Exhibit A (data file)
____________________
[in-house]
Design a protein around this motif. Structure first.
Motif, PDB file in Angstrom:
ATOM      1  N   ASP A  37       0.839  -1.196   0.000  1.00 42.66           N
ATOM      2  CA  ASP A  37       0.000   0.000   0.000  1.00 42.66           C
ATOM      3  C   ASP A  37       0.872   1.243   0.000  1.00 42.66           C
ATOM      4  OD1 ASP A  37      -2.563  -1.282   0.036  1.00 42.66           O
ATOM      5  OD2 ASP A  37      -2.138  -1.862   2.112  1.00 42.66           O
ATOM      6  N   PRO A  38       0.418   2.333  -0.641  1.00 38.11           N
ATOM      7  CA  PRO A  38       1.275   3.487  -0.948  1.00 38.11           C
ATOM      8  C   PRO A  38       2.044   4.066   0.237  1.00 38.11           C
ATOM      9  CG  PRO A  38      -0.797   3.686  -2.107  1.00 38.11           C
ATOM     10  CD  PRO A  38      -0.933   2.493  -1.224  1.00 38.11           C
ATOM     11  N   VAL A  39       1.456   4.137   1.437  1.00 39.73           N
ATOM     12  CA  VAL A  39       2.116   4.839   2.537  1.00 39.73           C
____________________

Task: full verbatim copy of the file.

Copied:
[in-house]
Design a protein around this motif. Structure first.
Motif, PDB file in Angstrom:
ATOM      1  N   ASP A  37       0.839  -1.196   0.000  1.00 42.66           N
ATOM      2  CA  ASP A  37       0.000   0.000   0.000  1.00 42.66           C
ATOM      3  C   ASP A  37       0.872   1.243   0.000  1.00 42.66           C
ATOM      4  OD1 ASP A  37      -2.563  -1.282   0.036  1.00 42.66           O
ATOM      5  OD2 ASP A  37      -2.138  -1.862   2.112  1.00 42.66           O
ATOM      6  N   PRO A  38       0.418   2.333  -0.641  1.00 38.11           N
ATOM      7  CA  PRO A  38       1.275   3.487  -0.948  1.00 38.11           C
ATOM      8  C   PRO A  38       2.044   4.066   0.237  1.00 38.11           C
ATOM      9  CG  PRO A  38      -0.797   3.686  -2.107  1.00 38.11           C
ATOM     10  CD  PRO A  38      -0.933   2.493  -1.224  1.00 38.11           C
ATOM     11  N   VAL A  39       1.456   4.137   1.437  1.00 39.73           N
ATOM     12  CA  VAL A  39       2.116   4.839   2.537  1.00 39.73           C